Beer pong tables can go back up in New Mexico bars, state officials said, so long as pride’s the only thing on the line.
New Mexico Alcohol and Gaming Director Gary Tomada said Monday his department has reviewed the game to see where it fits in with establishments licensed to serve alcohol.
“It’s against the law for (liquor) licensees to allow games or contests that involve drinking alcohol beverages or award alcohol beverages as prizes,” Tomada said, “and we can’t have any semblance of gambling. If those (rules) are observed … they can play all they want.”
Organized beer pong tournaments at Kelley’s Bar & Grill in Clovis were halted Thursday when the state’s Special Investigations Division sought a review of the game.
Clovis promoter Elliott Fite said in light of the state’s position, Thursday night games will resume at Kelley’s Bar & Grill.
However, he is not convinced the ruling is sound, and noted that his group consulted an attorney when they created the tournaments.
“I don’t understand,” Fite said Monday. “It almost makes me question if (Tomada) was misinterpreting how we were running the event.”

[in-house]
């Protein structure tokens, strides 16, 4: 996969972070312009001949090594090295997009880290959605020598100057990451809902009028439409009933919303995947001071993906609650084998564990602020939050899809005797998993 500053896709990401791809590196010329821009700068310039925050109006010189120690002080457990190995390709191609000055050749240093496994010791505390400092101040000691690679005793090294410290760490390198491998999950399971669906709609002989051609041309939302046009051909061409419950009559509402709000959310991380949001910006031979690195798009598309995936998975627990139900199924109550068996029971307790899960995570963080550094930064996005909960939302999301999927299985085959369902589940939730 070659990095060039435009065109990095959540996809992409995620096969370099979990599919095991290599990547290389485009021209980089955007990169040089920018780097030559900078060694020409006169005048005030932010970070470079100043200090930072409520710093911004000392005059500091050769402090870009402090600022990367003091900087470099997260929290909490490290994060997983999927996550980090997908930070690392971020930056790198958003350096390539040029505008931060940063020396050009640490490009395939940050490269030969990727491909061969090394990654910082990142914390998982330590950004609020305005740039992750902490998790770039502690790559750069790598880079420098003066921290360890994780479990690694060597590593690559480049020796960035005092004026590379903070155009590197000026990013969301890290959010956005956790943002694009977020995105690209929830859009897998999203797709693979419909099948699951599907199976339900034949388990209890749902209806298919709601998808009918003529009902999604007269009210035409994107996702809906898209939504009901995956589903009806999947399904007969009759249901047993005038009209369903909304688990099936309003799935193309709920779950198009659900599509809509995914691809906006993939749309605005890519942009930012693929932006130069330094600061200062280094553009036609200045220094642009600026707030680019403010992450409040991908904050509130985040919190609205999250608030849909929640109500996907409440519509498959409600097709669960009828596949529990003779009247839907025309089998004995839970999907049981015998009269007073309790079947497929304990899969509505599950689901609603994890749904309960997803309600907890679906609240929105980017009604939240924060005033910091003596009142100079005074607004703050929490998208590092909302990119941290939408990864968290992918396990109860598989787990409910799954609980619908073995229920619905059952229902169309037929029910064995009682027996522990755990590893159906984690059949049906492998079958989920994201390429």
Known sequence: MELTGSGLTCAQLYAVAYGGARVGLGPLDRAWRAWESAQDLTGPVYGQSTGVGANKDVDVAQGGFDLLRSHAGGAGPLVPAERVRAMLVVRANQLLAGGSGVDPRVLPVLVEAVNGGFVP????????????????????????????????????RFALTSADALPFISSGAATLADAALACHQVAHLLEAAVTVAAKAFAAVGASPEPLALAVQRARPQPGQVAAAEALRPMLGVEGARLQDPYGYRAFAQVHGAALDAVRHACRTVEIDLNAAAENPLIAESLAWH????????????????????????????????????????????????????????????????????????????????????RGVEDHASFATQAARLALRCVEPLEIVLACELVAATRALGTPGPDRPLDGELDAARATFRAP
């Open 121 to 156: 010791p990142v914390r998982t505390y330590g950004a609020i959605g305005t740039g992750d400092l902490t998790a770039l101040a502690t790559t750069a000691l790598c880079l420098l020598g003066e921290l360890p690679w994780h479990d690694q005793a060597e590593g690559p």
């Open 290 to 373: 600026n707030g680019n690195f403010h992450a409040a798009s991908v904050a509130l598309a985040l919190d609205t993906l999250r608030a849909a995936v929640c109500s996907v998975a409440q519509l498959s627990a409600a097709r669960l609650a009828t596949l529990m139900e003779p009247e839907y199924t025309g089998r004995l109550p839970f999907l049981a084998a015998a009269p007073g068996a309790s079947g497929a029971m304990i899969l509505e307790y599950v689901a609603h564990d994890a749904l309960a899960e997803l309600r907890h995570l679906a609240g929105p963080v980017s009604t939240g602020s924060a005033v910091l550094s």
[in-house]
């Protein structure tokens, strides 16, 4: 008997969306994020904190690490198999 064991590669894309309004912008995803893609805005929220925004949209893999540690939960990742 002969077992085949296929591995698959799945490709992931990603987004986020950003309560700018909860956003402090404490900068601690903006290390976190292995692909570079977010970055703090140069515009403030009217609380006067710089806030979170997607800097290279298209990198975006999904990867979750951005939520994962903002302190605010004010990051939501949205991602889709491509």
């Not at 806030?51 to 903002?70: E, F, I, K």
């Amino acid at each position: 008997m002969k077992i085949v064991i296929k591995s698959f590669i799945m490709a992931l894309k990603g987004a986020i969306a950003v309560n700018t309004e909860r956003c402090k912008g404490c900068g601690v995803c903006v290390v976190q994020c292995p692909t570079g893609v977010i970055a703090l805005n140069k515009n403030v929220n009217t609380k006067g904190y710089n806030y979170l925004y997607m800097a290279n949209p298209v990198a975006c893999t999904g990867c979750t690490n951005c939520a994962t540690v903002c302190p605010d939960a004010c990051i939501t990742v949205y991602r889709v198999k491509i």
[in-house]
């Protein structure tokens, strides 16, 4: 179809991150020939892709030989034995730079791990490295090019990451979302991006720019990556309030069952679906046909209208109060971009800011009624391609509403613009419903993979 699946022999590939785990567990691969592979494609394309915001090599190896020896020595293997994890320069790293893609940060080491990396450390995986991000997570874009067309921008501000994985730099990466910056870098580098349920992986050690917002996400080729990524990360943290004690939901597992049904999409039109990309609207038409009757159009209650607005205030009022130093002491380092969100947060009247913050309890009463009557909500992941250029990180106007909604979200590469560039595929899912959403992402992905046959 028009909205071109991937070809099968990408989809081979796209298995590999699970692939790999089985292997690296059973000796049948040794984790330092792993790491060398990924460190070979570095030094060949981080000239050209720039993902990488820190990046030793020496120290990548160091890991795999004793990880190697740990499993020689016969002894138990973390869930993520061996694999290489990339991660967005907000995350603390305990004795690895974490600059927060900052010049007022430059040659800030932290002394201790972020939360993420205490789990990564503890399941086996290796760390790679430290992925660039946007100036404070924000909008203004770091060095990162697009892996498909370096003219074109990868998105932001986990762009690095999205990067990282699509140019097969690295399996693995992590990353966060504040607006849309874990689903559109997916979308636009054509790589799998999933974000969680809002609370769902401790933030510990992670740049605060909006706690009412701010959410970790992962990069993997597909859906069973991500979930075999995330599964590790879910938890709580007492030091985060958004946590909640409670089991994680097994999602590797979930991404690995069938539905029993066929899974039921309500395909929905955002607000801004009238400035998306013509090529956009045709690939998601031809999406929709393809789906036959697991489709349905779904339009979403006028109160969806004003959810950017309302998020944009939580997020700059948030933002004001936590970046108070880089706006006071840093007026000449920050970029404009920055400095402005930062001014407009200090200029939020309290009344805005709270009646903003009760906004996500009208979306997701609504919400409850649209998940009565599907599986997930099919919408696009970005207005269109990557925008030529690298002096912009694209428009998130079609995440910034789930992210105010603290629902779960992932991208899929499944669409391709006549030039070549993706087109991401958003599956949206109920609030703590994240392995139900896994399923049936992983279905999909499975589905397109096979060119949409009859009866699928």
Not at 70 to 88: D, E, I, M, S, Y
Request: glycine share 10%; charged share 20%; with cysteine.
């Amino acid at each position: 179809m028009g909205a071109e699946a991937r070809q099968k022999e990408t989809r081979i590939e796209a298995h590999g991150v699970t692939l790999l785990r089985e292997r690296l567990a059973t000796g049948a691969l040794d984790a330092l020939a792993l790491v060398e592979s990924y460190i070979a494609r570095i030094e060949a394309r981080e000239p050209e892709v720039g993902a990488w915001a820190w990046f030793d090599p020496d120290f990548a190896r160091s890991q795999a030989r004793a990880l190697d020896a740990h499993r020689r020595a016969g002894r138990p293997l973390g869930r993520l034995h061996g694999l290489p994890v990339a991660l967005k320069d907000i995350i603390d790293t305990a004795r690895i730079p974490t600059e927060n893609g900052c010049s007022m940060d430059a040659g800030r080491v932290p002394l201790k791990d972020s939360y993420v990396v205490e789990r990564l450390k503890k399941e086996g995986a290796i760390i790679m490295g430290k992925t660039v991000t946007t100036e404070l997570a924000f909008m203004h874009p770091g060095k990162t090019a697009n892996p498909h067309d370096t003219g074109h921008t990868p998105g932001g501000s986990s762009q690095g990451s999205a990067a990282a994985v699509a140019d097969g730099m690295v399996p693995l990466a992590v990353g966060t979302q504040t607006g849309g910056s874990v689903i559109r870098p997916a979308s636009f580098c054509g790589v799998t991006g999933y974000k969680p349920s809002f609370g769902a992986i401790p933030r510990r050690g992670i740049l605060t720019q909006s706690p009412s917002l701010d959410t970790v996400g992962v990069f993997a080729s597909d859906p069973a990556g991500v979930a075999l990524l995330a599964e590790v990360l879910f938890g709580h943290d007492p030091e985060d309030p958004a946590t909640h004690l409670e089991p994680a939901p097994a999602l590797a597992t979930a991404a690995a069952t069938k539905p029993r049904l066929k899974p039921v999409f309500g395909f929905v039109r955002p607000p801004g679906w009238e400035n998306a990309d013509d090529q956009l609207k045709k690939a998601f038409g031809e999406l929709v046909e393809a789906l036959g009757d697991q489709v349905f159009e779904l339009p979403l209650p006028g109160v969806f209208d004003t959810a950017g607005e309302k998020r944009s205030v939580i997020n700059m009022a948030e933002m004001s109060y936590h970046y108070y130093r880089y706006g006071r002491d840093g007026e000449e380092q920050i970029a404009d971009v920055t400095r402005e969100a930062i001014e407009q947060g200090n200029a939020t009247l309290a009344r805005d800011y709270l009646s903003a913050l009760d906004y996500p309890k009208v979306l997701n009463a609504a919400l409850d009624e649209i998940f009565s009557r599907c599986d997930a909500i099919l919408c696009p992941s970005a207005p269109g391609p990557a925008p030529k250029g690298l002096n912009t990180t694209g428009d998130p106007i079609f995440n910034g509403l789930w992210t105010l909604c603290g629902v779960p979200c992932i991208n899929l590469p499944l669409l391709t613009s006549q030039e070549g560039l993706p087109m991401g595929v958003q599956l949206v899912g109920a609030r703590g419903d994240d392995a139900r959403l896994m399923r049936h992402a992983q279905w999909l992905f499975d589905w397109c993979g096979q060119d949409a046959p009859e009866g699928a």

A staff member who answered the phone Monday afternoon at Kelley’s said the staff was not yet aware of any ruling, and the business was still operating under the premise that tournaments are on hold.
In the near future, Tomada said his department plans to publish guidelines specific to beer pong for licensees, but was not clear on whether it was being defined as a game of chance or skill.
Fite thinks the latter, explaining that beer pong requires skill, hand-eye coordination, motor skills and practice. He likened the game to darts or golf, games that are often played as part of sanctioned tournaments with cash prizes.
Prior to last week, the tournaments at Kelley’s featured a $10 entry fee for a two-person team, with prize money drawn from entry fees divided between the top two finishers in a double-elimination bracket.
Fite said at the tournaments, game cups are filled with water and alcohol is never given as a prize — and money is handled by tournament organizers, with no player-to-player money exchanges.
“I don’t really blame anybody (for the confusion),” Fite said, “just due to the fact that the game is still in its infancy.”
Fite said his group started informally about three years ago but, because of growing interest, started hosting organized tournaments and networked as a league with other players nationwide.
For about a year, the tournaments have been held at Kelley’s and, Fite said, about a dozen of the more serious players have played at tournaments in Las Vegas, Nev.